Dal Chawal

Last week, I heard about a compliment someone wrote for another person: he is simple like dal chawal. I chuckled; it was amusing, succinct, and true. Dal chawal is a simple food.

However, to an NRI South Indian child who grew up on rasam and sambhar, dal chawal wasn’t exactly a staple. I mean, I ate it sometimes when we dined outside, or at my best friend’s house, but it was rare that we cooked it at home for the first 10 years of my life. Maybe we did but I can’t recall it now. Memory is a strange thing, and sometimes things establish themselves in your brain far later than when they were first introduced to you. Perhaps dal chawal’s prominence in my own diet started much earlier, but it’s only properly lodged in my brain from Grade 6. Shankar Uncle made some incredible dal over the years. It was through him + the yelling my mother doled out to him on occasion (mostly friendly ribbing), that I learned how many kinds of dal there were. Dal fry, jalfrezi, tadka, and many more. Honestly, can’t remember – haven’t remembered the difference. They just taste really good.

We cooked dal on camp tours as well, and people made some phenomenal dal that we ate on our treks. I loved it, and eating it out of our bowls in the cold, dark hills, surrounded by a bonfire, with my schoolmates is a memory that has remained with me since.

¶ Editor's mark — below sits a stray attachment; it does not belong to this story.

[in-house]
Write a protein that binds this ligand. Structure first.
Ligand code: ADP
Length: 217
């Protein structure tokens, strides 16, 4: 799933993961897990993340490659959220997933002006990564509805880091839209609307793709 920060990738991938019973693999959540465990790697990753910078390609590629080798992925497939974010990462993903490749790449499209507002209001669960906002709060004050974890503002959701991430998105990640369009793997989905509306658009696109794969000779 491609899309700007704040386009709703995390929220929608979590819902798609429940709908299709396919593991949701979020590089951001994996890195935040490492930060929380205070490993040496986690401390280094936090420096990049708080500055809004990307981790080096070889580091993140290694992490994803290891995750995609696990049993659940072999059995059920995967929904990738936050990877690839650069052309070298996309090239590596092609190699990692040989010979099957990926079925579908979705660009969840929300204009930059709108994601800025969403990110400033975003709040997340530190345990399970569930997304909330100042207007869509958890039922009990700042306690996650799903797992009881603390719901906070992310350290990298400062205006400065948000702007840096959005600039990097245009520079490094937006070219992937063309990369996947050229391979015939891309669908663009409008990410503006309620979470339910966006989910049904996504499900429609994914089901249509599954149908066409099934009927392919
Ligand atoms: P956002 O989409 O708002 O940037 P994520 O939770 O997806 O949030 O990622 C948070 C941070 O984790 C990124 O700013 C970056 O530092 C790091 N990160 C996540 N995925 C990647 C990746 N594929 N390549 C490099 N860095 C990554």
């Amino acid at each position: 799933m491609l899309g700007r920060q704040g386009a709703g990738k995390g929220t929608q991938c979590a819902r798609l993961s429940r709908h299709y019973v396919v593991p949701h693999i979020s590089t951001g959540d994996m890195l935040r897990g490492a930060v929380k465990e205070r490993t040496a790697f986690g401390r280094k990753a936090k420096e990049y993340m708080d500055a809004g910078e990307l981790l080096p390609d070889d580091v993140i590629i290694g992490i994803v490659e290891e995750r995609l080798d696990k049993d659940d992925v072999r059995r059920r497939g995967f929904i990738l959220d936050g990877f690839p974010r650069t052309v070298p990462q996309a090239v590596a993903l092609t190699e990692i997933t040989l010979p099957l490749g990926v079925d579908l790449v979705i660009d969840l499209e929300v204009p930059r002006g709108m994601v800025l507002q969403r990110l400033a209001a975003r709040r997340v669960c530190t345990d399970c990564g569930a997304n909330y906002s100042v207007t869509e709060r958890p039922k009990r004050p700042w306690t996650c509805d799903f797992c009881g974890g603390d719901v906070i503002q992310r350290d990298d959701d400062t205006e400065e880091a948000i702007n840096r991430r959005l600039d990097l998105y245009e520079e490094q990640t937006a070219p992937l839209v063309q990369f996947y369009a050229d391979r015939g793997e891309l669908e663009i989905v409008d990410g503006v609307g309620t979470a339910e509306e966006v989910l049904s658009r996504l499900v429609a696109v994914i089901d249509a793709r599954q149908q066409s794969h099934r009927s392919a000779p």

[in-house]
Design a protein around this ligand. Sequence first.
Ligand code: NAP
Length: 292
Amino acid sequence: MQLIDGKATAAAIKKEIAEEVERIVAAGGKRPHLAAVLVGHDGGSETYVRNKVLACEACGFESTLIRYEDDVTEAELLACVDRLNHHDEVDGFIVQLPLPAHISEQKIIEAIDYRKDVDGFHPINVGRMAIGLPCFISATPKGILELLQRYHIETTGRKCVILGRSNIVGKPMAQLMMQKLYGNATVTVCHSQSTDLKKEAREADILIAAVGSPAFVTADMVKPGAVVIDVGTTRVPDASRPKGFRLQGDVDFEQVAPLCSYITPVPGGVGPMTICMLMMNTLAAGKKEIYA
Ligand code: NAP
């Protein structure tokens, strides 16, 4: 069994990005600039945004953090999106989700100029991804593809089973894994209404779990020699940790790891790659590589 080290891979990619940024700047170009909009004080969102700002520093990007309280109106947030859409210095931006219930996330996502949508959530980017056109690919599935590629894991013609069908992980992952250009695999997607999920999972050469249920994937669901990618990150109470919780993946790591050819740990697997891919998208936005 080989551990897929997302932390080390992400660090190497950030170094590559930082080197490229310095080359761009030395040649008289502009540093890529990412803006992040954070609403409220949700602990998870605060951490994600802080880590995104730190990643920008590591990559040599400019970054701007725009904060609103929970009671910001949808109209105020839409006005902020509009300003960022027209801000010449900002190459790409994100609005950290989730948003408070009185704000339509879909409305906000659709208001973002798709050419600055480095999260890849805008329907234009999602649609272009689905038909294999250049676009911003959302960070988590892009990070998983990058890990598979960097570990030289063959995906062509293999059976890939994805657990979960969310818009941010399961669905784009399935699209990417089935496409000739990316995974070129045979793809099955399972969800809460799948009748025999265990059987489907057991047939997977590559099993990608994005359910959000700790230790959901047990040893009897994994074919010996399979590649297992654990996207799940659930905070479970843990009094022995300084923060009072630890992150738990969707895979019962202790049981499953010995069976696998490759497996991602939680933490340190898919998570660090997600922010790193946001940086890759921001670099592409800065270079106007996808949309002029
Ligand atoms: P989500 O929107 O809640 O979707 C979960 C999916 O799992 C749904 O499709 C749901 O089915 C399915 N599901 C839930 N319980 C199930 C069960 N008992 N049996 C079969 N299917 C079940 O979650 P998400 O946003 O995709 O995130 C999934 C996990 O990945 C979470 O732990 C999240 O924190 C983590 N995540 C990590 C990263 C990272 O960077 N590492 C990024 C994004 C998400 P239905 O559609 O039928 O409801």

Dal was also the first thing that I cooked when I made food for myself over summer. I had hurt my hands and knees in a cycling accident, and I really wanted some food that I could get comfort out of, so I forced myself to cook the dal. It lacked salt – and I’m so grateful my flatmate bore through it with me, but making that food brought some sensibility to what had been a whirlwind in the day.

Nowadays, in my mess, I find myself resorting to dal-chawal as frequently as possible. I feel like I’ve eaten enough orange gravy for a lifetime generally, and my mouth has grown a little tired of the flavour of the other curries we get in the mess. So I’m mixing things up and eating dal, curd, and uppinkai together for most meals, and I’m loving every minute of it. It brings back all of these memories and feelings I have associated with the meal.

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